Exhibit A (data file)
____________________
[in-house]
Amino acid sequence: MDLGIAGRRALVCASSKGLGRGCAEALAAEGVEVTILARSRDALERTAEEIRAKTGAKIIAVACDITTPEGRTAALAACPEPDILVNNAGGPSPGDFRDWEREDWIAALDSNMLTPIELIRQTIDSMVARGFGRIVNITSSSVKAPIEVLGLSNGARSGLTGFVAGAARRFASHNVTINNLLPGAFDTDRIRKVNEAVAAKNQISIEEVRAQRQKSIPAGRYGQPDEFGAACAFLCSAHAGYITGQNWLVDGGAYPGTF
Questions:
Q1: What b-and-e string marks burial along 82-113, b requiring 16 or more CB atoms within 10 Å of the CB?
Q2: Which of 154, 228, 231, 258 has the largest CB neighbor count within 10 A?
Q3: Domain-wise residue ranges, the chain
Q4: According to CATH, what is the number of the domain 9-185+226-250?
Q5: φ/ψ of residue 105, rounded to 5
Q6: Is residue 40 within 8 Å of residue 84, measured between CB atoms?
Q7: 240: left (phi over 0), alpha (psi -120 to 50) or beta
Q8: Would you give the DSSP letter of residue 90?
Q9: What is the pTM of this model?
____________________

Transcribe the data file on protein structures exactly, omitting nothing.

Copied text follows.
[in-house]
Amino acid sequence: MDLGIAGRRALVCASSKGLGRGCAEALAAEGVEVTILARSRDALERTAEEIRAKTGAKIIAVACDITTPEGRTAALAACPEPDILVNNAGGPSPGDFRDWEREDWIAALDSNMLTPIELIRQTIDSMVARGFGRIVNITSSSVKAPIEVLGLSNGARSGLTGFVAGAARRFASHNVTINNLLPGAFDTDRIRKVNEAVAAKNQISIEEVRAQRQKSIPAGRYGQPDEFGAACAFLCSAHAGYITGQNWLVDGGAYPGTF
Questions:
Q1: What b-and-e string marks burial along 82-113, b requiring 16 or more CB atoms within 10 Å of the CB?
Q2: Which of 154, 228, 231, 258 has the largest CB neighbor count within 10 A?
Q3: Domain-wise residue ranges, the chain
Q4: According to CATH, what is the number of the domain 9-185+226-250?
Q5: φ/ψ of residue 105, rounded to 5
Q6: Is residue 40 within 8 Å of residue 84, measured between CB atoms?
Q7: 240: left (phi over 0), alpha (psi -120 to 50) or beta
Q8: Would you give the DSSP letter of residue 90?
Q9: What is the pTM of this model?